Monday, July 30, 2007

Secondhand books

Readers, can I direct you to Liz Fielding's blog to read an interesting take on secondhand books from the writers' and publishers' point of view?

It's not just that we miss out on royalties when books are available secondhand online before they reach the stores. Liz has actually worked out that it's cheaper to buy the book new in the store than to buy it "used" and pay for postage.

Sunday, July 29, 2007

Has it really been a whole year?

Yep. Lilly had her first birthday on the weekend. Hard to believe it was a year ago that we waited anxiously to hear of her safe arrival five weeks early. Will her daddy ever forget that midnight dash, following her ambulance from the Mater to the General, because her breathing needed extra monitoring?

But here she is now, a little livewire, getting her fairy dress (bought by doting Auntie Emma) dirty in the sand pit.

Happy Birthday, Lilly!! x x x x

Thursday, July 26, 2007

Coming Back to Earth...

There's nothing like a set of revisions to make an almost smug author come back to earth with a bang. I don't even have my RITA yet, but the party's over. I have to fix up my current heroine.
Actually, listening to Sir Ian McKellen being interviewed on TV last night helped me to understand why.
He was being asked about playing in popular movies like Lord of the Rings and X Men rather than Shakespeare (he's currently touring King Lear) and somewhere in his answer he mentioned that people love popular movies, because the characters are good and brave and face up to things we wouldn't want to face in real life.
I knew that, didn't I? But I think maybe I let a little too much reality creep into Nell's story and I need to go back and lighten her up. Let her laugh more at her troubles. I think I made her too much like me. (grin)
I read somewhere recently that a very popular author imagines her reader coming home from a hard day's work and curling up in a chair with a cuppa, while she forgets about the rotten day she's just had. I'm trying to write for that reader, too. Wish me luck.

Friday, July 20, 2007

And now some pics...

Marion Lennox sent me these exciting pics of RITA night at the Romance Writers of America Conference in Dallas.

This is the presenter (I'm afraid I don't know her name) who handed over the golden lady to my editor, Kimberley Young.

Kim Young (lower right, beneath the huge screen) delivering the acceptance speech on my behalf. A lot of people have asked if I wished I was there. Well, yes, but I am so, so grateful to Kim. I don't think she cried, but there's a very good chance that I would have. (grin)

Kim holding the RITA and looking very glam!

Editors raising a glass. (I'm guessing that the one on the left might be Maddie Rowe.) Centre is Meg Sleighthome, my current editor and right Kim Young, who edited Claiming His Family and who is holding her editor's RITA plaque.

Lovely Marion Lennox has RITA tightly packed in a box after the long flight back from the States and she will be taking her in situ to Sydney for the Australian conference in August. Apparently, RITA's a very difficult lady to travel with, so she'll have to go back in the box. I don't think I should indulge in the pleasure of nursing her all the way back to Townsville.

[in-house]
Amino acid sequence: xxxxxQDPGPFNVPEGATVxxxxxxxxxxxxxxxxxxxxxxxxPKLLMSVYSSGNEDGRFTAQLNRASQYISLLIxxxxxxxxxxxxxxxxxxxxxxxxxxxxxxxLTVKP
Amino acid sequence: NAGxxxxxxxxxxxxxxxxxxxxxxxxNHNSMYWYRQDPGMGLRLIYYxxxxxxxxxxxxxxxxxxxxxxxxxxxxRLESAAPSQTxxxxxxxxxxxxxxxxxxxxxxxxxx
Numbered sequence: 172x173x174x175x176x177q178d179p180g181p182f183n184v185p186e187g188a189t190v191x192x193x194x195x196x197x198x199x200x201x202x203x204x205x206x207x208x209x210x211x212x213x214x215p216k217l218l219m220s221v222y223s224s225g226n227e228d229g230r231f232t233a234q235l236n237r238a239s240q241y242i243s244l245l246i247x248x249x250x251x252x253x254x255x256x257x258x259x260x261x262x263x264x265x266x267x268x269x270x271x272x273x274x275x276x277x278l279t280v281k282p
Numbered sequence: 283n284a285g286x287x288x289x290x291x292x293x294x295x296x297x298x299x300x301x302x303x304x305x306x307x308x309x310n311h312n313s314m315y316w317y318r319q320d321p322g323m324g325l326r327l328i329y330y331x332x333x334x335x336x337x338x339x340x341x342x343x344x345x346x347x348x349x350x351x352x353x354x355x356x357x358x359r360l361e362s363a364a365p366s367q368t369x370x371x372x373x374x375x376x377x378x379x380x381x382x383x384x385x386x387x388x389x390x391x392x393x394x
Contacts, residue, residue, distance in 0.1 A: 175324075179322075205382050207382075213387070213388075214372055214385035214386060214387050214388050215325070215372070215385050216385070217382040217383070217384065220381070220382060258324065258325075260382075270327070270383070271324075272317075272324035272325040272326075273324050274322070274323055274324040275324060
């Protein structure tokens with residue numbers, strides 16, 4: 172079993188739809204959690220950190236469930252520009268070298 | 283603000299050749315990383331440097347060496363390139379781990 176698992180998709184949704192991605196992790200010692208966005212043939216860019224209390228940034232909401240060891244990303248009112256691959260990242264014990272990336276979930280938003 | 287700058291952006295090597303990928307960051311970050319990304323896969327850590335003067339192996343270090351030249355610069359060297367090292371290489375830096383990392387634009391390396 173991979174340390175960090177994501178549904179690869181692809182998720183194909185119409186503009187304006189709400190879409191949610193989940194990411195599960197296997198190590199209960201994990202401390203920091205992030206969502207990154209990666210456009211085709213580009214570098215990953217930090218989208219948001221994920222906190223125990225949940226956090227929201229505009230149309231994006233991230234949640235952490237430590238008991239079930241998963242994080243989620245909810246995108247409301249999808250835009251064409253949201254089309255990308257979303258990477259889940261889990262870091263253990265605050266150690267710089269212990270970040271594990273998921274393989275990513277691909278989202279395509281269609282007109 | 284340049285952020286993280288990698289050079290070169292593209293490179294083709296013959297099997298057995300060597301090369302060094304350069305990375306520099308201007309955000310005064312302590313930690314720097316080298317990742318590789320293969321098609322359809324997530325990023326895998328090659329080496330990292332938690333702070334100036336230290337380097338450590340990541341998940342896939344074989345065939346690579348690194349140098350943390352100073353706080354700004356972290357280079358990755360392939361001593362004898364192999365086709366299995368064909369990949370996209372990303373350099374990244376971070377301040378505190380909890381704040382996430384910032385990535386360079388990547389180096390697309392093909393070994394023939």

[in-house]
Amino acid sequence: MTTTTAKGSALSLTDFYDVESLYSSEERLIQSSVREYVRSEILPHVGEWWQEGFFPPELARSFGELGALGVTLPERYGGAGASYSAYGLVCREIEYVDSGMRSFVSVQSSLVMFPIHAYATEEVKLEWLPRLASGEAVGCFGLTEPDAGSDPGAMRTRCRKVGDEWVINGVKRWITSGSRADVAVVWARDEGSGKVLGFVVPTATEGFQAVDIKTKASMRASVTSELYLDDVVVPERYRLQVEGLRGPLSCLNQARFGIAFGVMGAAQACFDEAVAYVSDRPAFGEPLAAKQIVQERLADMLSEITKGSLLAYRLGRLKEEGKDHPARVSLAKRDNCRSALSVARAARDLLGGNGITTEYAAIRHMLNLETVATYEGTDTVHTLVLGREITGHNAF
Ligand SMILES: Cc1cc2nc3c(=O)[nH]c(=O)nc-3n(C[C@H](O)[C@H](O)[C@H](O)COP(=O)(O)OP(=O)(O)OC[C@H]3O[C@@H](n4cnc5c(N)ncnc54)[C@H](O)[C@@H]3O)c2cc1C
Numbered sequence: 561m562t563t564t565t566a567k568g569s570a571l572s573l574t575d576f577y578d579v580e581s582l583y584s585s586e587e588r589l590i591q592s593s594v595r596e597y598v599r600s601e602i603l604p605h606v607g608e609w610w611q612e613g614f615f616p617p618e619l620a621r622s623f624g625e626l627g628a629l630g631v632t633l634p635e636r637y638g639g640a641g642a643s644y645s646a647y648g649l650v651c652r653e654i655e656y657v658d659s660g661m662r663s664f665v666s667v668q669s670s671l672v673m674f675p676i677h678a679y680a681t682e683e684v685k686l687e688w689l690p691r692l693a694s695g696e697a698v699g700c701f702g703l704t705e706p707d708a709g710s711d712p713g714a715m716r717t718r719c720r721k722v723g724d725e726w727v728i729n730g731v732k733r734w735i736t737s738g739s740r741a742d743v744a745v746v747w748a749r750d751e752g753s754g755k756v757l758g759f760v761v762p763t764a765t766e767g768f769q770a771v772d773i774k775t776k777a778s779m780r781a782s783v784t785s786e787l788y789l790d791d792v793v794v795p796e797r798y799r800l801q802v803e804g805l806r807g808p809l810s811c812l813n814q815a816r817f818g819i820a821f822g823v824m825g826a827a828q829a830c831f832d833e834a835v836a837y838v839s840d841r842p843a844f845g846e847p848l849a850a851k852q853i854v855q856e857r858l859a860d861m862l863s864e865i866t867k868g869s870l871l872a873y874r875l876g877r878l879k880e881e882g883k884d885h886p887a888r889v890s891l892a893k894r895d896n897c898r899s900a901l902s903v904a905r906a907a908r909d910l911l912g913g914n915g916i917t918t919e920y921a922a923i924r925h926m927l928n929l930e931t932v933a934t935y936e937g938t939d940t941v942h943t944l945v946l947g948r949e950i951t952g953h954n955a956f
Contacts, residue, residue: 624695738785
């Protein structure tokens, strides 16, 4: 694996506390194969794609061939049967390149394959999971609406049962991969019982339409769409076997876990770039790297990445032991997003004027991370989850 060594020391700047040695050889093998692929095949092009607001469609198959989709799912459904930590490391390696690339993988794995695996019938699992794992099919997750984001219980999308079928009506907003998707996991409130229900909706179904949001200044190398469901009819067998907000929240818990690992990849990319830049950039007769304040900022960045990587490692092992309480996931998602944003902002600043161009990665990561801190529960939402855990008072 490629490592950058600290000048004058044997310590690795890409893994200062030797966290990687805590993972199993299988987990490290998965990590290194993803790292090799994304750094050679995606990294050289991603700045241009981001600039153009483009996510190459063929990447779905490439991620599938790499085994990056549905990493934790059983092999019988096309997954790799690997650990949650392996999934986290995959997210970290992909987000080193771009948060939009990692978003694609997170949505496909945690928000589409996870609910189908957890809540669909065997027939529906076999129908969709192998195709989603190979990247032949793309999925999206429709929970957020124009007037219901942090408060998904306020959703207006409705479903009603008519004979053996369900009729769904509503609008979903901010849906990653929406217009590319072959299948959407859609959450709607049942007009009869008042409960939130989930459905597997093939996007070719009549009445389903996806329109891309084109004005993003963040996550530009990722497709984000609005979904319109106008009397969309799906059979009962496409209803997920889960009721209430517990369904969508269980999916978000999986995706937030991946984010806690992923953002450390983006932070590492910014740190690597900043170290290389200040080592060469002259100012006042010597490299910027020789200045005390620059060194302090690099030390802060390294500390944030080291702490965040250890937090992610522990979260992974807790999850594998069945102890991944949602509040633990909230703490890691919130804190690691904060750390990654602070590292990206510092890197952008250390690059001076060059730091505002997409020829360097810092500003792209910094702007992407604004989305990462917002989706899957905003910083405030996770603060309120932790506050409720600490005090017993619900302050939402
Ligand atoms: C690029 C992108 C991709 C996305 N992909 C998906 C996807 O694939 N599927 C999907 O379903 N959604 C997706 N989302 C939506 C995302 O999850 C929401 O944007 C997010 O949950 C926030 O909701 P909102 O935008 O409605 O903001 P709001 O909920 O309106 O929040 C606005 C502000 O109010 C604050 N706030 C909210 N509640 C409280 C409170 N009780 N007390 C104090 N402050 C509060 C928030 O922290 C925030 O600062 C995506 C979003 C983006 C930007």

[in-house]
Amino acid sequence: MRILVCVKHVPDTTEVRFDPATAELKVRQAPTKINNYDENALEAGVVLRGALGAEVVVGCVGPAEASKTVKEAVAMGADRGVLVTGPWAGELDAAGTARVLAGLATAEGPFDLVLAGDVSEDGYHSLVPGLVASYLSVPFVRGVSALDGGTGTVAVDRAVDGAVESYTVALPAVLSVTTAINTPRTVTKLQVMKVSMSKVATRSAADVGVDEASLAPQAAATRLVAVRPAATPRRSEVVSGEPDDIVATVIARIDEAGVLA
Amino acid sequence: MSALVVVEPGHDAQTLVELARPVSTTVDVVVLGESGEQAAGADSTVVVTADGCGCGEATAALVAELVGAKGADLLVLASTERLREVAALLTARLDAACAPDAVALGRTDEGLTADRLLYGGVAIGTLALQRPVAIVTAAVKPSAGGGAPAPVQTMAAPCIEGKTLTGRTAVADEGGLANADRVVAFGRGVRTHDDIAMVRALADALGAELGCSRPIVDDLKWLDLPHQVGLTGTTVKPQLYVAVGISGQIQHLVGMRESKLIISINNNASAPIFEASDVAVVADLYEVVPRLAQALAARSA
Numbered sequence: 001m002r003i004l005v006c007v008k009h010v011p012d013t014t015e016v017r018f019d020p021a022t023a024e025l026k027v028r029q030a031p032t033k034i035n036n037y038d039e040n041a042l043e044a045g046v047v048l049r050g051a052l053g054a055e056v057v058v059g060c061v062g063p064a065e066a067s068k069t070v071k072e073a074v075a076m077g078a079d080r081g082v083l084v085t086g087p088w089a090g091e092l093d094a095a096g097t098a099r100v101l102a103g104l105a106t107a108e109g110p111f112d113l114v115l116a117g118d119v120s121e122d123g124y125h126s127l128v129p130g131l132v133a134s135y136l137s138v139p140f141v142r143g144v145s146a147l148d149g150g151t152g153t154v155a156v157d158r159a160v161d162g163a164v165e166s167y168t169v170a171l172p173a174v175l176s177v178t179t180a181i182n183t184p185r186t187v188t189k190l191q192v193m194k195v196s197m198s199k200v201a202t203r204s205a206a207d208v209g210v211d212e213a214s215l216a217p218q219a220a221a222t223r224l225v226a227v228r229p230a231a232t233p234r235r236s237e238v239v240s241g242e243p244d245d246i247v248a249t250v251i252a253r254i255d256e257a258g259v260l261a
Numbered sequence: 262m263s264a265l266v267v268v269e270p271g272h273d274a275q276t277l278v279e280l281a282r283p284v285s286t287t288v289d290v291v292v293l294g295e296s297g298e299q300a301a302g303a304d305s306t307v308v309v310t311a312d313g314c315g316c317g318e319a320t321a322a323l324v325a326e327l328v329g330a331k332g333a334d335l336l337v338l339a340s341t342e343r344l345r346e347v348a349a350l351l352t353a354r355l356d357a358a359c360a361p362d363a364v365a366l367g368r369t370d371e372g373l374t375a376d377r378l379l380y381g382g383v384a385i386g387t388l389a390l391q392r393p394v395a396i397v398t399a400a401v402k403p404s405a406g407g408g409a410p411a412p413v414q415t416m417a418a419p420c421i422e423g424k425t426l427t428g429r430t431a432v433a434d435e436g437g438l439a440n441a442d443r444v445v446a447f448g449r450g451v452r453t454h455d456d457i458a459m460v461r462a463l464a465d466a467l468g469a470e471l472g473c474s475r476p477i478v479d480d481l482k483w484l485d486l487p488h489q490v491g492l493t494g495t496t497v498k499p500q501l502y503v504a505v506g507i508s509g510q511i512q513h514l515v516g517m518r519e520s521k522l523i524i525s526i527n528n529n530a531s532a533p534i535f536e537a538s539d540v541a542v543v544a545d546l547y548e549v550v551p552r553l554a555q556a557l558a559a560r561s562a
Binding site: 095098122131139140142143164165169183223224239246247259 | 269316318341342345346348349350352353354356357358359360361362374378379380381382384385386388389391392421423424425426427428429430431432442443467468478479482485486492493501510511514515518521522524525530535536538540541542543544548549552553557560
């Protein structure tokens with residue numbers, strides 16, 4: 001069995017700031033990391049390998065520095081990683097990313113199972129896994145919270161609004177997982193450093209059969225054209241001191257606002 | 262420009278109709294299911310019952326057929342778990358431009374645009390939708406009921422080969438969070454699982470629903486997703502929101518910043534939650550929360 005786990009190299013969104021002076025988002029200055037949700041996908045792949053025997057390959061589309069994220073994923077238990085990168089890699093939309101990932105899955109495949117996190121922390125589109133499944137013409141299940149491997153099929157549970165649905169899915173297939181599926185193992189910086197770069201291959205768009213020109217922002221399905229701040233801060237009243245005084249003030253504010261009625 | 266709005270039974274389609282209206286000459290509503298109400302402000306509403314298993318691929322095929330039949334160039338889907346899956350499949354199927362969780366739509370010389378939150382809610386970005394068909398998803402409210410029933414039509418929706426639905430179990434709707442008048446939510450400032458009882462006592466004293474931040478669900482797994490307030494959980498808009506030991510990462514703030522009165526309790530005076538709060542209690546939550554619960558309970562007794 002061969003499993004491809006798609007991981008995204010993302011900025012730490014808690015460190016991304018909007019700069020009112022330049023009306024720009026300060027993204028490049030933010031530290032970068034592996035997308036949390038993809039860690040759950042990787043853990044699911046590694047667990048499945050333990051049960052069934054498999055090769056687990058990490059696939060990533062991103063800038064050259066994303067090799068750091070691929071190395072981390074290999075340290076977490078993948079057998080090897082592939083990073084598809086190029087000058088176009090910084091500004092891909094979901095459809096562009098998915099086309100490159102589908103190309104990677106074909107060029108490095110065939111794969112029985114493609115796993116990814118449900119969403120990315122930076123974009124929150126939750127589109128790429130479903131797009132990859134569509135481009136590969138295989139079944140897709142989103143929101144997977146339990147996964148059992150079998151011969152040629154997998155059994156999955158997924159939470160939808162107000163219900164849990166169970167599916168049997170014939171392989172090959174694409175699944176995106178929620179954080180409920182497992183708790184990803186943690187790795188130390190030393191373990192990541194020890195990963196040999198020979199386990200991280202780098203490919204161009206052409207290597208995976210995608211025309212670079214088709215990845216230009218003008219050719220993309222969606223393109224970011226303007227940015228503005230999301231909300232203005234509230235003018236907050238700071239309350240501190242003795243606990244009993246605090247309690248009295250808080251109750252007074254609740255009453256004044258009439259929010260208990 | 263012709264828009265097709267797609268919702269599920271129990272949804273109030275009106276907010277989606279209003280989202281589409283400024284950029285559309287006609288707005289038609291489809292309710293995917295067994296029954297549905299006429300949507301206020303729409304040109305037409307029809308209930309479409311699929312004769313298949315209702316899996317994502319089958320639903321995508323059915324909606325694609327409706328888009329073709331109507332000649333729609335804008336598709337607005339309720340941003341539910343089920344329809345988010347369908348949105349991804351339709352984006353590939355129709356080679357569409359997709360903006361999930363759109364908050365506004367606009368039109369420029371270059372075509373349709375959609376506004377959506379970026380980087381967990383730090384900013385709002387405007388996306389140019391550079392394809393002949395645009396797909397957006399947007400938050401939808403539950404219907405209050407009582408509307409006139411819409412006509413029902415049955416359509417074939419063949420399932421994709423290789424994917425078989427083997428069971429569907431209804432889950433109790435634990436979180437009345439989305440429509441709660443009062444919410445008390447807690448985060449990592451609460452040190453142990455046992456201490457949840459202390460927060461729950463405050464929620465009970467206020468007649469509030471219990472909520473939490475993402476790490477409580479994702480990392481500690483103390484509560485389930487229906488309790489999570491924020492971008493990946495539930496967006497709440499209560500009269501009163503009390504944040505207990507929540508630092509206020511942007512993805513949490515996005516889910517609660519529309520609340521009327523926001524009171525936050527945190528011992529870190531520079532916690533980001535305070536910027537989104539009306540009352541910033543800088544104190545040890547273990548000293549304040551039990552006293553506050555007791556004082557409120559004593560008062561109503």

The sad thing is, this was the very last time a RITA will be given for Traditional Romance. Too many sweet romances (including many of mine) now have sex scenes and Trad was all about no sex before marriage. This area ia catered for these days in America by Inspirational Romance. Sign of the times...

Wednesday, July 18, 2007

Crikey! I won a RITA!

Well I'm back in town, there's a story about the RITA in the local paper, I've been interviewed on the local ABC and it's finally sinking in that I won!

But I can still see myself standing there on our Tarzali hillside in my gardening clothes, one gardening glove ripped off so I could press buttons on my mobile, and reading Marion Lennox's message: You won! x x x x x

Gorgeous and generous Marion, who was a double finalist and within a hair's breadth of entering the Hall of Fame (if she'd won her 3rd RITA) took the trouble to text me the message as soon as it was announced at the awards ceremony. And then later, as soon as the ceremony was over, she rang me with editors Kim Young and Meg Sleightholme, so I felt totally included.

And lucky.

And blessed. Very grateful to have this wonderful job, to write stories I love, to have wonderful writer friends, sympathetic and clever editors and to have my husband's support to do this job as fanatically as I wish.

Actually, Elliot inspired my favourite scene in Claiming His Family, a scene where Erin, Luke and Joey sit in the middle of a paddock and wait for a line squall of rain to wash over them.
Elliot used to do this with our kids when they were little. They'd sit on our front footpath and watch the rain coming across Townsville from the west, hear it drumming on the rooftops as it approached, smell it hitting the dust. They would squeal and try to run inside, but he would urge them to stay there (in summer) till the rain reached them and then they would squeal and dance with excitement.
Living in the dry tropics certainly teaches you to enjoy and appreciate rain in a way many people wouldn't understand (-- although in these days of climate change, it's SE Queensland that's dry.)

Thursday, July 12, 2007